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n Cardiovascular Journal of South Africa - Unexpectedly high prevalence of target-organ damage in newly diagnosed Nigerians with hypertension : cardiovascular topic
Introduction: Hypertension remains a formidable cardiovascular problem in the entire world. Untreated or poorly controlled hypertension predisposes to target-organ damage and is often followed by serious cardiovascular events. Knowledge of the type and distribution of endorgan damage in newly diagnosed hypertensive patients would help to determine the interventions or preventative measures needed in such patients.
Objective: To assess target-organ involvement in newly diagnosed, untreated hypertensive patients presenting at the University College Hospital, ibadan, Nigeria.
Methods: Newly diagnosed hypertensive men and women were recruited consecutively into the study. Target-organ damage was assessed using electroctrocardiography, echocardiography, renal function assessment (including tests for albuminuria) and fundoscopy.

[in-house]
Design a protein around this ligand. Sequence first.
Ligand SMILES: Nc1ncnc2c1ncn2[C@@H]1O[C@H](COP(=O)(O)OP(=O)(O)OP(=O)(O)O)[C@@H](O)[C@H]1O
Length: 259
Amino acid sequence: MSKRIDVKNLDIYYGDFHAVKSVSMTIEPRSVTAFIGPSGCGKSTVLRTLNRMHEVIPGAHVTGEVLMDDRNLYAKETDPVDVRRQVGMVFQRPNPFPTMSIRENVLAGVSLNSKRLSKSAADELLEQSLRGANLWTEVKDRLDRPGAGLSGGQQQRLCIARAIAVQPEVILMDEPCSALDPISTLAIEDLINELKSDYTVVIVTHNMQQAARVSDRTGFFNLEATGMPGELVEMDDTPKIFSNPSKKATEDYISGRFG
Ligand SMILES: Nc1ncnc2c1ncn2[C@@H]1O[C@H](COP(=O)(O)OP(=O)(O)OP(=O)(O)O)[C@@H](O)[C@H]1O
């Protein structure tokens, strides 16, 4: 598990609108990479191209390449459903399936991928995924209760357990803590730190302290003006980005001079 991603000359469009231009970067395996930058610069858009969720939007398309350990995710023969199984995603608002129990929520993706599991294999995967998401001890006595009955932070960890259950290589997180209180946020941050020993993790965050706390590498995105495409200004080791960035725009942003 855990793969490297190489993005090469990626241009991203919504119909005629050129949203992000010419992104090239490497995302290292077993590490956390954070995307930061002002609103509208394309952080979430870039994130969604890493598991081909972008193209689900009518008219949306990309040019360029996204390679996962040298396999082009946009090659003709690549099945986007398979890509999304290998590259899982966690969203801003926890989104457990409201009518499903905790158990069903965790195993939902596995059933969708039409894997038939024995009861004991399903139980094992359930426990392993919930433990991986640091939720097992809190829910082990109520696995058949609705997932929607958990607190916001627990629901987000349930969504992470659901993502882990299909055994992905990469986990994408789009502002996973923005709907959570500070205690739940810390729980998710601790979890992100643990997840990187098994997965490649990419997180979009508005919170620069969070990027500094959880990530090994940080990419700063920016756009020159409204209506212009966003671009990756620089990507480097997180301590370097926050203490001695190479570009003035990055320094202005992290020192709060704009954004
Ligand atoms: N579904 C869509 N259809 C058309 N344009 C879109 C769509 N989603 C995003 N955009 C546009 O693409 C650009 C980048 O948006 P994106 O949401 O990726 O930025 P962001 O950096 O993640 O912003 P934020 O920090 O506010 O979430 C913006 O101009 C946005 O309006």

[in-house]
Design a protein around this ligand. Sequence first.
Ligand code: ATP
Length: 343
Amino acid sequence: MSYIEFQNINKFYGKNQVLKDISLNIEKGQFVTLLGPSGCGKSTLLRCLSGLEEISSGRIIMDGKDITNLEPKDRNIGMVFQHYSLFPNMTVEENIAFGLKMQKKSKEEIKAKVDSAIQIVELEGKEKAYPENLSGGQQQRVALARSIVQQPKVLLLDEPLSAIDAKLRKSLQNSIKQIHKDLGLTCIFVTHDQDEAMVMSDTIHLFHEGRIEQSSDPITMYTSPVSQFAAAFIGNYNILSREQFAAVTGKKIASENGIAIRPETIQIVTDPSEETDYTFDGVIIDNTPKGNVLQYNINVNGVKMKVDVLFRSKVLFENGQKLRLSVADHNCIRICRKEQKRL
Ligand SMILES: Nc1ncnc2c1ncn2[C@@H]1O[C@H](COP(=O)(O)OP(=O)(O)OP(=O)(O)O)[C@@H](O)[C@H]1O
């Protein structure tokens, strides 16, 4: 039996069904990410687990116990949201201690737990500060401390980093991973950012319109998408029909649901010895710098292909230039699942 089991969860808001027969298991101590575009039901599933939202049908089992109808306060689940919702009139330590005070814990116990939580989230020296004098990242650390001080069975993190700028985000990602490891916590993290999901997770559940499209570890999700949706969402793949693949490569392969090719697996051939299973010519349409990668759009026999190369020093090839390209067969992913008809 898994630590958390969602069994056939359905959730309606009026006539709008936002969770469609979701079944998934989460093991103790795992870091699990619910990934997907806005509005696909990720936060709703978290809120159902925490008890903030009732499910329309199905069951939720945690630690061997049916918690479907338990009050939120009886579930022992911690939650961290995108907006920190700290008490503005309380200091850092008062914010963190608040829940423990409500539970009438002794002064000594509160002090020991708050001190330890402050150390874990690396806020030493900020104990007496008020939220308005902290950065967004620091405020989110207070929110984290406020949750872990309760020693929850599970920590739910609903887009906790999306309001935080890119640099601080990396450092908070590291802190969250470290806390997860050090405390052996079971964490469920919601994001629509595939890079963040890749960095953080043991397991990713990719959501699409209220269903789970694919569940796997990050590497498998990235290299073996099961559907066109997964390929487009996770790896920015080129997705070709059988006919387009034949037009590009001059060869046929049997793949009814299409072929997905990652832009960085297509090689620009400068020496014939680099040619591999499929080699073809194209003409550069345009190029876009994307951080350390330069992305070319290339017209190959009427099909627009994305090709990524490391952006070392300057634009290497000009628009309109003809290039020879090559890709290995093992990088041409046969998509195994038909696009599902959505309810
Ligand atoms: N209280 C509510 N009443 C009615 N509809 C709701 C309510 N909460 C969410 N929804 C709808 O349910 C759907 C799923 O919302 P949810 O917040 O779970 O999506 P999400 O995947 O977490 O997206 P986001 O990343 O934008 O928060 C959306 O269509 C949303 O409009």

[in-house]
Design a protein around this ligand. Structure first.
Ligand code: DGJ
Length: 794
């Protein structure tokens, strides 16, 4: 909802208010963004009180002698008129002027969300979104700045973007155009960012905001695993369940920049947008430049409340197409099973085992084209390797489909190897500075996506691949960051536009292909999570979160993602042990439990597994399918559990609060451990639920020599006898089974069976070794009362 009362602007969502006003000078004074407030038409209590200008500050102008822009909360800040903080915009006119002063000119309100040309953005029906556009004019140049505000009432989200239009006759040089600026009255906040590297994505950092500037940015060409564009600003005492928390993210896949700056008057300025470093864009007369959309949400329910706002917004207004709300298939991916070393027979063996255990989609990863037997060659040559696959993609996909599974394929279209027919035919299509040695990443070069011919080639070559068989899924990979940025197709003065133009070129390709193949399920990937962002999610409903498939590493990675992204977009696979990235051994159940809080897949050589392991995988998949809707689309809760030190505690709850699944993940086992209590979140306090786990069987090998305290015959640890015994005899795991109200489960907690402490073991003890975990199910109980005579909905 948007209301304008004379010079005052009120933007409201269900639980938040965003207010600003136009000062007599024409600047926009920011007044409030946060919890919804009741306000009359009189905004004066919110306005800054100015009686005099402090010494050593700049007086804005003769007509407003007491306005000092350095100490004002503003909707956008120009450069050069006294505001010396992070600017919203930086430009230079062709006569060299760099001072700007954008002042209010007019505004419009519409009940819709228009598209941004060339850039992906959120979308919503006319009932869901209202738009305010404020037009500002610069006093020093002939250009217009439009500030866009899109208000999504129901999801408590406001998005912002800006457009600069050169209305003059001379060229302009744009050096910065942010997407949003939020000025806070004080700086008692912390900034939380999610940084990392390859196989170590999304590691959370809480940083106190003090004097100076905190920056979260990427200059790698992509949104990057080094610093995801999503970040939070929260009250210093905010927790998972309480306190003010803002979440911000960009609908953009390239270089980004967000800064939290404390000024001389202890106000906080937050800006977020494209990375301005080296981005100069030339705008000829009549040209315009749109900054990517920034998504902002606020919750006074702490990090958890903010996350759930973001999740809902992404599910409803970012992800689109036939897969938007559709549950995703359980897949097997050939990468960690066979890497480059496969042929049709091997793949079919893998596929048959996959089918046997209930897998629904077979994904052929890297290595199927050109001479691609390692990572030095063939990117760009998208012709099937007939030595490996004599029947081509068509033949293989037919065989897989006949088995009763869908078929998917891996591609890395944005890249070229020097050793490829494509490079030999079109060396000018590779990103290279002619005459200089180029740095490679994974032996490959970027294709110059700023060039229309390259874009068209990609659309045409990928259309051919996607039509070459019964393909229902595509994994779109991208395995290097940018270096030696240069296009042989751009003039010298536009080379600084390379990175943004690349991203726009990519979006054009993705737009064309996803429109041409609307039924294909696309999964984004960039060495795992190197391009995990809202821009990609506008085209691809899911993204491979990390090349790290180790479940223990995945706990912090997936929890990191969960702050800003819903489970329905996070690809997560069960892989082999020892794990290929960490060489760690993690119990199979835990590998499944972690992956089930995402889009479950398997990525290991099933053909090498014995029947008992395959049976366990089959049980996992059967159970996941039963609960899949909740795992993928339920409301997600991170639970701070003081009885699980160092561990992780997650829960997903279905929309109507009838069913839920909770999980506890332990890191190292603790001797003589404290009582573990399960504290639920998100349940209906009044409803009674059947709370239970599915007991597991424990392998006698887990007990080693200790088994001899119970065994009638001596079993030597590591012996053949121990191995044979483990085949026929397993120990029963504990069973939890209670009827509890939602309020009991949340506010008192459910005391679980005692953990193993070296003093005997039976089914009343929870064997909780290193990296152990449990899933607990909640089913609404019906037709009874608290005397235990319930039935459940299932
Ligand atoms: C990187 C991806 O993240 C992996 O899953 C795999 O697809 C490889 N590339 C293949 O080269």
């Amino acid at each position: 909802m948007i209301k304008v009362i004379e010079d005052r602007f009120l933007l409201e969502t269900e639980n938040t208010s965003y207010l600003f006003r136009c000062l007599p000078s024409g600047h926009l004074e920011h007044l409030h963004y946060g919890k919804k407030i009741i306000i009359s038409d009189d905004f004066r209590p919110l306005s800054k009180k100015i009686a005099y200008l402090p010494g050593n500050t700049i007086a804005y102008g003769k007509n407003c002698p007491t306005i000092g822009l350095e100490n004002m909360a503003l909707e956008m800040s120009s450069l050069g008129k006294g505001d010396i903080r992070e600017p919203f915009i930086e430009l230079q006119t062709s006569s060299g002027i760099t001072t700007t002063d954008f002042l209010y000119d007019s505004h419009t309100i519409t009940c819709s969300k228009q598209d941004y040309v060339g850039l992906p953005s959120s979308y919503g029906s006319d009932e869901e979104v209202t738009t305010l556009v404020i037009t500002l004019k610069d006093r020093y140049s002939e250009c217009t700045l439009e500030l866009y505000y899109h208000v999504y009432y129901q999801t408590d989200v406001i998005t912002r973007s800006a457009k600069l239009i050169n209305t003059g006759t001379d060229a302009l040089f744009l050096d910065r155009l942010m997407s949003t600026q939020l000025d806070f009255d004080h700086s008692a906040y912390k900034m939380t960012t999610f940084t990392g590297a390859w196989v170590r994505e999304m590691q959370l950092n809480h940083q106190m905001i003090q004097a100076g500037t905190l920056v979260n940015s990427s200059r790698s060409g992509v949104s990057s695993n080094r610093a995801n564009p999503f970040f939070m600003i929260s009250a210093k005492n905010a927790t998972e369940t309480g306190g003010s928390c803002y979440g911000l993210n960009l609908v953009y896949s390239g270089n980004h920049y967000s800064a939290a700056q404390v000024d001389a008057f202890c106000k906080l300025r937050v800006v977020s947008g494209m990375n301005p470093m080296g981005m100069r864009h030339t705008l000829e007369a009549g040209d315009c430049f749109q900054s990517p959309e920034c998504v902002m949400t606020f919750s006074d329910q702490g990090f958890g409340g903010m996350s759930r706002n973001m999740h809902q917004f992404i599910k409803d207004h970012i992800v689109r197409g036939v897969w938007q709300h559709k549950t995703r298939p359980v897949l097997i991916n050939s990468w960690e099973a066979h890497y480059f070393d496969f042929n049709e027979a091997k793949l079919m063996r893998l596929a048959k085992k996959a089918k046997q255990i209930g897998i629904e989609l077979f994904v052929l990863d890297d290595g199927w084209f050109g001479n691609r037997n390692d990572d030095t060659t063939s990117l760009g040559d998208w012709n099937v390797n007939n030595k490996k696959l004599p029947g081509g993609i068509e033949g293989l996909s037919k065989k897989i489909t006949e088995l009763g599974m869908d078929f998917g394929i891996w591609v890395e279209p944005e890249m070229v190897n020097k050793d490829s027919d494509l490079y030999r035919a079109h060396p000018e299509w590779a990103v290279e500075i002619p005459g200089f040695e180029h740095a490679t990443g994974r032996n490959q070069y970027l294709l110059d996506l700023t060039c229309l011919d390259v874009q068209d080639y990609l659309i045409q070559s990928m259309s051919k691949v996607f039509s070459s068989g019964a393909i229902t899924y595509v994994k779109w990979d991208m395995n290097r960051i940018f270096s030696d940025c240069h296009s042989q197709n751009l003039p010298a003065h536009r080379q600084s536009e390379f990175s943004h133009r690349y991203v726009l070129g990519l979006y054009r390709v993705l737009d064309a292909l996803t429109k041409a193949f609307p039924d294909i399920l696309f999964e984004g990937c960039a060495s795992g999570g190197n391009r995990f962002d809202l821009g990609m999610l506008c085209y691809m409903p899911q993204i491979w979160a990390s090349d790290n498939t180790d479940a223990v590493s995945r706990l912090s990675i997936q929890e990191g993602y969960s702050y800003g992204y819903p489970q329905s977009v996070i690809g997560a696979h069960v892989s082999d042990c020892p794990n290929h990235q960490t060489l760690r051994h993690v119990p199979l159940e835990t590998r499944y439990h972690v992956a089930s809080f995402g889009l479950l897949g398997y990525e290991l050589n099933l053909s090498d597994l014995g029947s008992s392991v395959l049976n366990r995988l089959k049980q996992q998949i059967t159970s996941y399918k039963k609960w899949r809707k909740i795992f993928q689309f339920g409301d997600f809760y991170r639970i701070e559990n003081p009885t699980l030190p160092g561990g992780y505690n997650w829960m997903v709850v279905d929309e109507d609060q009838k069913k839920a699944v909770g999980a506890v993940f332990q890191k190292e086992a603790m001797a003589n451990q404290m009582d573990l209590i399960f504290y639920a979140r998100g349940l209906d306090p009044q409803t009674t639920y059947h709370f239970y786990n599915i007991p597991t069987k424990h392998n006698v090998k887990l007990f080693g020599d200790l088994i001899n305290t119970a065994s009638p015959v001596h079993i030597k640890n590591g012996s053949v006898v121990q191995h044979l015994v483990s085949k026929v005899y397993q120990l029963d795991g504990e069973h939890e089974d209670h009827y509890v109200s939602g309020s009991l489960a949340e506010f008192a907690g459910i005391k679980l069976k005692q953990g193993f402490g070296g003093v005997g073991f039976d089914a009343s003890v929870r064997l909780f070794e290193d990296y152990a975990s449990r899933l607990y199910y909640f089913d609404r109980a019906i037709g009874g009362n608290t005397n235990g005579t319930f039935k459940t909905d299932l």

Results: A total of 68 subjects were recruited, but only 54 (79.4%), with a mean age of 59.1 (+ 12.4) years, completed the study. There were 29 (+ 53.7%) men, mean age 63.5 (+ 12.6) years, and 25 (46.3%) women, mean age 54.1 (+ 10.4) years. Fifty per cent of the subjects had no symptoms. Some form of albuminuria was found in about 40.7%. Seventy-one per cent (71%) had between grade 1 and 2 hypertensive retinopathy. Only six (11.1%) had glomerular filtration rate greater than 90 ml/min. Systolic function was impaired in three (5.6%) of the subjects. Diastolic dysfunction was present in 36 (66.7%) subjects.
Conclusion: Target-organ damage already exists in newly diagnosed hypertensive subjects before presentation. We suggest early screening for cardiovascular risk factors and possibly a reduction in the criteria for the definition of hypertension in black Africans.
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